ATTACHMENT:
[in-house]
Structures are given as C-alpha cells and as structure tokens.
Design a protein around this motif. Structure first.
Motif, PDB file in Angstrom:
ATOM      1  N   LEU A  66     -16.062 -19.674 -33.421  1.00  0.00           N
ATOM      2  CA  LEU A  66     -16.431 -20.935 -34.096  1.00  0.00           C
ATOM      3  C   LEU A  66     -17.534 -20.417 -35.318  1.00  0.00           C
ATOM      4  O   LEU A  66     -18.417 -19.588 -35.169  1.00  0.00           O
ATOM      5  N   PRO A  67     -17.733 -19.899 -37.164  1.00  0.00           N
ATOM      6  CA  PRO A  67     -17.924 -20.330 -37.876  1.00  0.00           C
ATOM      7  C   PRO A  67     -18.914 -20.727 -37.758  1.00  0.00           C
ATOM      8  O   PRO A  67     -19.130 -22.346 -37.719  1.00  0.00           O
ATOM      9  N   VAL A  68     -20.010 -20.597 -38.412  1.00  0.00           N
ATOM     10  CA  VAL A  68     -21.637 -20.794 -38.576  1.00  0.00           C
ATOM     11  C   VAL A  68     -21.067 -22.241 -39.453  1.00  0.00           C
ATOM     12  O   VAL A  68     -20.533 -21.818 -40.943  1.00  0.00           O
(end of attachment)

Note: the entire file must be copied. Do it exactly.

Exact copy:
[in-house]
Structures are given as C-alpha cells and as structure tokens.
Design a protein around this motif. Structure first.
Motif, PDB file in Angstrom:
ATOM      1  N   LEU A  66     -16.062 -19.674 -33.421  1.00  0.00           N
ATOM      2  CA  LEU A  66     -16.431 -20.935 -34.096  1.00  0.00           C
ATOM      3  C   LEU A  66     -17.534 -20.417 -35.318  1.00  0.00           C
ATOM      4  O   LEU A  66     -18.417 -19.588 -35.169  1.00  0.00           O
ATOM      5  N   PRO A  67     -17.733 -19.899 -37.164  1.00  0.00           N
ATOM      6  CA  PRO A  67     -17.924 -20.330 -37.876  1.00  0.00           C
ATOM      7  C   PRO A  67     -18.914 -20.727 -37.758  1.00  0.00           C
ATOM      8  O   PRO A  67     -19.130 -22.346 -37.719  1.00  0.00           O
ATOM      9  N   VAL A  68     -20.010 -20.597 -38.412  1.00  0.00           N
ATOM     10  CA  VAL A  68     -21.637 -20.794 -38.576  1.00  0.00           C
ATOM     11  C   VAL A  68     -21.067 -22.241 -39.453  1.00  0.00           C
ATOM     12  O   VAL A  68     -20.533 -21.818 -40.943  1.00  0.00           O